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Summary

Summary

A Boeing 737-376 aircraft was being taxied for a departure from runway 20 at Christchurch on a scheduled service to Auckland. The Automatic Terminal Information System indicated that the surface wind was from 200 degrees at 10-15 kts, the temperature was 6 degrees Celsius and the dewpoint was 5 degrees Celsius. The visibility was 10 km reducing to 3,000 metres in rain and drizzle. During the taxi, the crew observed that the weather was fine and that the taxiway was wet after recent rain.

The route to the threshold of runway 20 included a 1,600-metre straight section of the main taxiway which ran parallel to runway 02/20, and which had a slight downhill grade. Analysis of flight data recorder (FDR) data revealed that the aircraft was on that section of the main taxiway for 2.3 minutes and that the speed of the aircraft gradually increased from 11 kts until it reached a maximum of 29 kts. The operator's flight crew training manual (FCTM) contained the following information regarding taxi procedures:

"To the pilot, the airplane appears to be moving slower than it actually is due to the flight deck height above the ground. Consequently, the tendency is to taxi faster than desired.

"Taxi speed should be closely monitored during taxi out, particularly when the active runway is some distance from the departure gate.

"Avoid taxi speeds greater than 30 kt on long taxi routes.

"Allow for decreased braking effectiveness on slick surfaces."

Although it was not included in the most recent edition of the FCTM, previous text stated that when approaching a turn, the aircraft should be slowed to the appropriate speed for the conditions. On a dry surface, approximately 8 kt to 12 kt was recommended. The aircraft manufacturer inadvertently removed that maximum recommended cornering taxi speed, when the Boeing 737 FCTM was extensively rewritten.

At the end of the main taxiway, the route to the threshold of runway 20 required that the aircraft be steered to the left, through approximately 60 degrees, onto taxiway "alpha". The pilot in command began braking the aircraft before reaching that turn point, but the aircraft had only slowed to 25 kt when the turn was commenced.

During the turn the nosewheel started "scrubbing", indicating excessive steering angle and/or taxi speed for the surface condition. Lacking traction, the nosewheel moved sideways and directional control was lost. That was followed by loss of traction on the main gear. As the aircraft moved sideways, the right main gear slid off the paved surface and onto the grassed area adjacent to the taxiway. The aircraft came to a halt with the right main gear settled slightly in the soil.

A maintenance engineer attended the aircraft, assessed that there was no obvious damage and then marshalled the aircraft back onto the taxiway. The aircraft was then taxied back to the terminal where a detailed inspection of the landing gear, the brakes and the engines was carried out. That inspection did not reveal any damage and the aircraft was released back into service.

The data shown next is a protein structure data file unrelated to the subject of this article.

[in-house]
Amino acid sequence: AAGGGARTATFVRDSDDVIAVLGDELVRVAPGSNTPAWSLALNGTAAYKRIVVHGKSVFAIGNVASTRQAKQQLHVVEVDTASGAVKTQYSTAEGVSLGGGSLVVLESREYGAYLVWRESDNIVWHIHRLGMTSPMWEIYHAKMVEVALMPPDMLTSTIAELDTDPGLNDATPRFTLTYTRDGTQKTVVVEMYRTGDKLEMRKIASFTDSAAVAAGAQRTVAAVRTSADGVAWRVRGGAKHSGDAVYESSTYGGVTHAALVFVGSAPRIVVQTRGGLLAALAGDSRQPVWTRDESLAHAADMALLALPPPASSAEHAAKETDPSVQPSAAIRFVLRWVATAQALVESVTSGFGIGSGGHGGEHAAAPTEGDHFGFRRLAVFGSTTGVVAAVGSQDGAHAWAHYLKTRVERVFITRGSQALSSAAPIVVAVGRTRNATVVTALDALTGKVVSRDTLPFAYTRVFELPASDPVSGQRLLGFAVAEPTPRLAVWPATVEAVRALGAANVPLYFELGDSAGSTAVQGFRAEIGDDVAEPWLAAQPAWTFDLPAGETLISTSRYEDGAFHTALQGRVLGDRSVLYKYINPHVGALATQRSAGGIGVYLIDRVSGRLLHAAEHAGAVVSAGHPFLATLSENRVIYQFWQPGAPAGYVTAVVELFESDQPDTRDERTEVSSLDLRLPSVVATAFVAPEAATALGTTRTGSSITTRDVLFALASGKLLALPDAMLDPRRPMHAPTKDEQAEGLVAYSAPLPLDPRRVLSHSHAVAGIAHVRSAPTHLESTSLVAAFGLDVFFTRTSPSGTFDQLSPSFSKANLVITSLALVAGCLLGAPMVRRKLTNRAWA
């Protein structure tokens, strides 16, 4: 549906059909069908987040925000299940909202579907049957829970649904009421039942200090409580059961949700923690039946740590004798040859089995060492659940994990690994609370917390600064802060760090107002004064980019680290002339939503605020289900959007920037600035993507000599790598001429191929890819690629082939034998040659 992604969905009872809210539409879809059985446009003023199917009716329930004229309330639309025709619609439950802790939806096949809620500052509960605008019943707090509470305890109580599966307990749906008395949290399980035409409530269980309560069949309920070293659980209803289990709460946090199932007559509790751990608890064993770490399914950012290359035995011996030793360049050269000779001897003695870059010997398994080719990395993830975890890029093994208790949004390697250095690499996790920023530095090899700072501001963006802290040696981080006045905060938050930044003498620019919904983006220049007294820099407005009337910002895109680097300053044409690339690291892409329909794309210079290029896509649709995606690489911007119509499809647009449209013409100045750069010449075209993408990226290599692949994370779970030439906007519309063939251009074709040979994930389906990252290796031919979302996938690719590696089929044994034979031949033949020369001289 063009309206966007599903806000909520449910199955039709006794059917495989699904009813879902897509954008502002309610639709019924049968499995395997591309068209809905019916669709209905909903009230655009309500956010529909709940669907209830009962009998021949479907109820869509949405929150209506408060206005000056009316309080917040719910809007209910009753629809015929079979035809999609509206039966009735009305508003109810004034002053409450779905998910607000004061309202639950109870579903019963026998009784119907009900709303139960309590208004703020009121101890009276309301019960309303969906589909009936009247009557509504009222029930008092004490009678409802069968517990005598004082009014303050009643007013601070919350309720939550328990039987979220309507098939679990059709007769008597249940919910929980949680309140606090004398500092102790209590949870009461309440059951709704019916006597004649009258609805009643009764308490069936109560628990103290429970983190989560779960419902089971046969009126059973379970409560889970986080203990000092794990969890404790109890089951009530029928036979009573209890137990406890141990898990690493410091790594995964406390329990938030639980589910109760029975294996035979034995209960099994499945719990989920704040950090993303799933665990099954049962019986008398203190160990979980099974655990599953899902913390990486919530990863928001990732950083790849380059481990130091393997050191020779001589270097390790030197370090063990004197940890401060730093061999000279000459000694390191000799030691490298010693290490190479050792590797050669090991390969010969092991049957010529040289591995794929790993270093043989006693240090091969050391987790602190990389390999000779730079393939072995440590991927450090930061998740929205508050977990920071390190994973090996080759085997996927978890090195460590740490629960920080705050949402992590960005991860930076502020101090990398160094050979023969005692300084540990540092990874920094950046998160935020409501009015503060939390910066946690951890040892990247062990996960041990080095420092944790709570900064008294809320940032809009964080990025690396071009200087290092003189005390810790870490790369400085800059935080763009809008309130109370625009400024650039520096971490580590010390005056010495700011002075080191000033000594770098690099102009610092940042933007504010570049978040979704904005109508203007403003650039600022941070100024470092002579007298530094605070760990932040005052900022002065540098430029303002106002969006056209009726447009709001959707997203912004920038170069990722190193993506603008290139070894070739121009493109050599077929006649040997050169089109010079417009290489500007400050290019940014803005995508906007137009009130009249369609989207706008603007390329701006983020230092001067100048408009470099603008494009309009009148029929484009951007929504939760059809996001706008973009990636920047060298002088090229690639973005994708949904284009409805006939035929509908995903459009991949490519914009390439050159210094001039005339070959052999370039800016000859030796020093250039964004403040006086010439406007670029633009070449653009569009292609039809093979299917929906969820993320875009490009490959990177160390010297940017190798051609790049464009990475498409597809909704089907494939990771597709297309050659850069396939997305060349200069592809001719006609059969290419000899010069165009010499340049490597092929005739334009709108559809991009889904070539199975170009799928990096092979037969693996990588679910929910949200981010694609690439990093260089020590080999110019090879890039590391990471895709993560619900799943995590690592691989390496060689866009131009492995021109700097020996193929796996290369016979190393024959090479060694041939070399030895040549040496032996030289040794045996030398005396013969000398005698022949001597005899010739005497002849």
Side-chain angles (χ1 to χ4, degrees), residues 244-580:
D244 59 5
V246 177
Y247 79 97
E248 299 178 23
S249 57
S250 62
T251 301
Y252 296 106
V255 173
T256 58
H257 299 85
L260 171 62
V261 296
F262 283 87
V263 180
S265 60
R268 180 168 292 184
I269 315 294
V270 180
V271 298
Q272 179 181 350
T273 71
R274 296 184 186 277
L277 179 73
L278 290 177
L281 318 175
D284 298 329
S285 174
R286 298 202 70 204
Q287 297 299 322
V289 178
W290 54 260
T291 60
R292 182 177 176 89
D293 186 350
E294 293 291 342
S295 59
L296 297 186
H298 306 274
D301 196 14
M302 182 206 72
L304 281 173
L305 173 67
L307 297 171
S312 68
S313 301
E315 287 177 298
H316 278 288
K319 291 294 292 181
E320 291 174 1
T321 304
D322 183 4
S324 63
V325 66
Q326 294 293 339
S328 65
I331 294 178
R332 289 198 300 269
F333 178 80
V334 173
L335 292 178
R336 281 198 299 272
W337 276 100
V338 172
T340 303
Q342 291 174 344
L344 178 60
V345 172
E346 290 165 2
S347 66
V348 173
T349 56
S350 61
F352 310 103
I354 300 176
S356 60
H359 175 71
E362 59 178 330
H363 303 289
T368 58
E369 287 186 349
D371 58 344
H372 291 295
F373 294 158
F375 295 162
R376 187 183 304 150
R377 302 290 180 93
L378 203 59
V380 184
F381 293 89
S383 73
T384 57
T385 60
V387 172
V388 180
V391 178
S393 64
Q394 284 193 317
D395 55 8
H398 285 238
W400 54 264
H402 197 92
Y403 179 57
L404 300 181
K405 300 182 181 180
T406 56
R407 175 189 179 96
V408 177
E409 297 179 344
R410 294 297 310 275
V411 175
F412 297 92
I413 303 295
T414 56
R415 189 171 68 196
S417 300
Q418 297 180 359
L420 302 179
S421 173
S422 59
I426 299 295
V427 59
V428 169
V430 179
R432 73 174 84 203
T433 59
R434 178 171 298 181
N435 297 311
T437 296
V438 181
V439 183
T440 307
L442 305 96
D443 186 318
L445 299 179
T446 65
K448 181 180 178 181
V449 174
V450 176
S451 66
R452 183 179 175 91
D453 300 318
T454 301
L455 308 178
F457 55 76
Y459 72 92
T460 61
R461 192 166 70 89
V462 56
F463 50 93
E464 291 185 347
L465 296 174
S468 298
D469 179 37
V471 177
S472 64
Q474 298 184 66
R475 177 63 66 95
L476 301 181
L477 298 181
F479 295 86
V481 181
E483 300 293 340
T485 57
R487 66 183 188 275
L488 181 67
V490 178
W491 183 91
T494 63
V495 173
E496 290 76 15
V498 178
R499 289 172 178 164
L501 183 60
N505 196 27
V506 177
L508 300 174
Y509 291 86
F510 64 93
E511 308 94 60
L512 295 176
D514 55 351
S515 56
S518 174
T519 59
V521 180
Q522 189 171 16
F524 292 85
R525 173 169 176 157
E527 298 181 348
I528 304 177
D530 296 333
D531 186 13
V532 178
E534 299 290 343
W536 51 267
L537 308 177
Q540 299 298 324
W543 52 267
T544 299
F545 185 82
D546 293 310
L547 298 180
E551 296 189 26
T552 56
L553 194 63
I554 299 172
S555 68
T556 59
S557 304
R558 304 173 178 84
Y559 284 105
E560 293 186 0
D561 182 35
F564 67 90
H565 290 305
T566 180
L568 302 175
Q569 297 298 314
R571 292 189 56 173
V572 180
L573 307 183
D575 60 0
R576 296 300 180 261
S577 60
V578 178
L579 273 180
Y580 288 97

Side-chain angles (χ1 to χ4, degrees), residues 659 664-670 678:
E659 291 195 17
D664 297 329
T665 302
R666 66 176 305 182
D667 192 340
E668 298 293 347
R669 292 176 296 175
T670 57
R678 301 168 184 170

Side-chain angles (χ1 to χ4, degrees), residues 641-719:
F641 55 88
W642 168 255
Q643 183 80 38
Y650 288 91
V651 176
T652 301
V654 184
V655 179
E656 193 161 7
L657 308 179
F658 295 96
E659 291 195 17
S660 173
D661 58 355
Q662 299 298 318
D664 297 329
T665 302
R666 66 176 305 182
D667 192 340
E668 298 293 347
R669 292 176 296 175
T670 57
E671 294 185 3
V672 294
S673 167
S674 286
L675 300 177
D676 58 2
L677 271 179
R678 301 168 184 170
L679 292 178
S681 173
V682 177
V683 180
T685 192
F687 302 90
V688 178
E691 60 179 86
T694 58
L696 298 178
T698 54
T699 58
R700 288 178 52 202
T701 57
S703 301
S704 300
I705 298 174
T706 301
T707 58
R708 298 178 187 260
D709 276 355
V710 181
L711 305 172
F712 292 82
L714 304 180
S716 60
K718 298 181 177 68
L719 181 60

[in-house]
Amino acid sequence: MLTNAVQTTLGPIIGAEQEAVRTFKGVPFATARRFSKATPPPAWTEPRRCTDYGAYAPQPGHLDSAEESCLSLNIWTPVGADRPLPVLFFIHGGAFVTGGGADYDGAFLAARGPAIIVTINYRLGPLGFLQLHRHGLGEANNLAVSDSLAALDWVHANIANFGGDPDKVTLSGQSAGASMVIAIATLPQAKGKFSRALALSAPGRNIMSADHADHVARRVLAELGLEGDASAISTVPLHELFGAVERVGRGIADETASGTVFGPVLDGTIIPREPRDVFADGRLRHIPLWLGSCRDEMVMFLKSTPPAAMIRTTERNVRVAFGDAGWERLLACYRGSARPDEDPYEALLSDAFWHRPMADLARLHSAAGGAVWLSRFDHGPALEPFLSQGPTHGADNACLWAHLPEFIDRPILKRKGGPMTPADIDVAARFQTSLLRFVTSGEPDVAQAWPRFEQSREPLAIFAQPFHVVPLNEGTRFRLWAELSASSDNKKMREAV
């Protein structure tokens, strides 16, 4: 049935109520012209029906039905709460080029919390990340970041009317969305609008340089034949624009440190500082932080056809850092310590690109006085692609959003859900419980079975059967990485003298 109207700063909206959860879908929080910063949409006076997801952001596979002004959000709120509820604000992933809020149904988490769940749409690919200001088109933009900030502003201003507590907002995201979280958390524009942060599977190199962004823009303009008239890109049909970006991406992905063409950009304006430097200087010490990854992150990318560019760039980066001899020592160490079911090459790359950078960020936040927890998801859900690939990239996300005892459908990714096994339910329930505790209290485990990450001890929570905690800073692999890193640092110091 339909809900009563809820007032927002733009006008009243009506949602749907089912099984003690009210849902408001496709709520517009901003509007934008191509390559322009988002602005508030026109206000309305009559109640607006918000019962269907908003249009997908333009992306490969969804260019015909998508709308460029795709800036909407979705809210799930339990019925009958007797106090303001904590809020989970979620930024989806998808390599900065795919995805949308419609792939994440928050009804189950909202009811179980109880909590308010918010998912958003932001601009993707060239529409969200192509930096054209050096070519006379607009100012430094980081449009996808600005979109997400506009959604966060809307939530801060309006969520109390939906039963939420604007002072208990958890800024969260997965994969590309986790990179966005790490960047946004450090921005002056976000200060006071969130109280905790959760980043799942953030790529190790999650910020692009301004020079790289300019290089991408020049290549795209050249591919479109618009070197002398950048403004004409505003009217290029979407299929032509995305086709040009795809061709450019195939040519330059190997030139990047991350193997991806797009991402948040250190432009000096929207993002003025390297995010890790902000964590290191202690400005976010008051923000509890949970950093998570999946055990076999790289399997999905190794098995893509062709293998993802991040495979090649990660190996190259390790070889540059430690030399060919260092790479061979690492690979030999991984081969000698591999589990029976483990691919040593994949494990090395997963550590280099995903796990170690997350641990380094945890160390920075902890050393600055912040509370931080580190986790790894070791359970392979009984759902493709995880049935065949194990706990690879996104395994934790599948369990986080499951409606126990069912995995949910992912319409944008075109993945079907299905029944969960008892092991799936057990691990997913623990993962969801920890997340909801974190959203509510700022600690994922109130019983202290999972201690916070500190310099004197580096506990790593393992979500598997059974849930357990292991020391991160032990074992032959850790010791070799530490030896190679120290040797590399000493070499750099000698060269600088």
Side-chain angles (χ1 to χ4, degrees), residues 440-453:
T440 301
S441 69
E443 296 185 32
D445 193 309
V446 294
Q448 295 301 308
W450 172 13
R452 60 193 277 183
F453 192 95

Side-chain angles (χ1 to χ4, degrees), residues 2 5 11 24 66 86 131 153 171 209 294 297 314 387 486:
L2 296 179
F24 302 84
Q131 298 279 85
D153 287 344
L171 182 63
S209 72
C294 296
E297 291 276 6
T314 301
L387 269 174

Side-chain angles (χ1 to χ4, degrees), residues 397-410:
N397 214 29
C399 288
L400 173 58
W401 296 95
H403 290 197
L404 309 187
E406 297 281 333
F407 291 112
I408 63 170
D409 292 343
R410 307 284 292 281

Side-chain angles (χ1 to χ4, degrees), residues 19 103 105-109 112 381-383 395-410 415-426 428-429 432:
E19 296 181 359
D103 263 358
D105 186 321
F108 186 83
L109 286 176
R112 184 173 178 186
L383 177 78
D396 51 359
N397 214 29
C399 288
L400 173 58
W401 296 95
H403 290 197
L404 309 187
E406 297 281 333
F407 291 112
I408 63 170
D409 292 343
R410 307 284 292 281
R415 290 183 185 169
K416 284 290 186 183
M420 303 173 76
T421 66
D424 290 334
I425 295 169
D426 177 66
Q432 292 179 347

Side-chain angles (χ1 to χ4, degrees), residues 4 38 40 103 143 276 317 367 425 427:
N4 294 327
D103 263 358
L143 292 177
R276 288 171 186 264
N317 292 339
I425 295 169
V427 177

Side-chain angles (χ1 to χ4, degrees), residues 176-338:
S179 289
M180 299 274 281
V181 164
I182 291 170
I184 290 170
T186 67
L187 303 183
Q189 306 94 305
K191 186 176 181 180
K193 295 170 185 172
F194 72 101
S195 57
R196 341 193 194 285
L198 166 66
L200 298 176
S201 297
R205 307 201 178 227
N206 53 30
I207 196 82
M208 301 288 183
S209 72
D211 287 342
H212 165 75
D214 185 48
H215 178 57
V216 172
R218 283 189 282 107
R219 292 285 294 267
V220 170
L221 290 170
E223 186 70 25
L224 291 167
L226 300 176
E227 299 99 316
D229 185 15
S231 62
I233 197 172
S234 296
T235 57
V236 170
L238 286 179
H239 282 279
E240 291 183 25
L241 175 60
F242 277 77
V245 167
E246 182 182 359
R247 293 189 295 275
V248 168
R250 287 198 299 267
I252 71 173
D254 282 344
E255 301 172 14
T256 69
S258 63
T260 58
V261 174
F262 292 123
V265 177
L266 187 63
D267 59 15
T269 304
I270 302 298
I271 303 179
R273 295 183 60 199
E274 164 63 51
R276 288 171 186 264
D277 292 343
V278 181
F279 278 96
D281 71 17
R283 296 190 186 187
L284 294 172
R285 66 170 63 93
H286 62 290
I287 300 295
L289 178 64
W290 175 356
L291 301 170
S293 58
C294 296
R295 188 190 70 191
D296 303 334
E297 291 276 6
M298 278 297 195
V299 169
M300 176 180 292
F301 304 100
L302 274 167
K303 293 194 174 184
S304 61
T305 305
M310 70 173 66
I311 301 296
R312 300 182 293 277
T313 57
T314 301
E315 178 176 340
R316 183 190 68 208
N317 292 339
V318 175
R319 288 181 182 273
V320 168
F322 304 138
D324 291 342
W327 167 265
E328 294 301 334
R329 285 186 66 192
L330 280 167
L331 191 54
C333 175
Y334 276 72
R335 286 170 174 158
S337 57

The technical crew of the Boeing 737 consisted of a pilot in command and a co-pilot; both of whom were very experienced on the aircraft type. The airline operator had only recently commenced operations from this airport; the crew's local experience was therefore limited. The Boeing 737 nose wheel steering system was only controllable from the left control seat. Therefore, the pilot in command always taxied the aircraft. Either pilot could have used the ground speed readout on the pilots' electronic attitude director indicator (EADI) to monitor the taxi speed. The airline's normal procedure was for the co-pilot to bring to the attention of the pilot in command, any unsafe speed. During the airline operator's subsequent investigation of the incident, both pilots expressed surprise at the high speed recorded by the FDR during the turn.

The taxiway in question was treated during February 2001 with a surface enrichment treatment that resulted in making the surface more slippery. A notice to airmen (Notam) was issued on 20 March 2001 that advised poor braking action was possible when the surface was wet. That Notam was subsequently cancelled on 27 May 2001, when it was considered that the taxiway surface had weathered sufficiently for friction levels to return to normal.

During August 2001, a different airline operator reported another two minor skid events at that same location. Neither of those incidents resulted in the aircraft leaving the sealed area. As a precautionary measure, the airport operator re-issued the Notam that warned of the possibility of poor braking action. The taxiway surface was subsequently roughened by water blasting. That action removed the smooth bitumen top layer and exposed the aggregate for a better friction surface.

 
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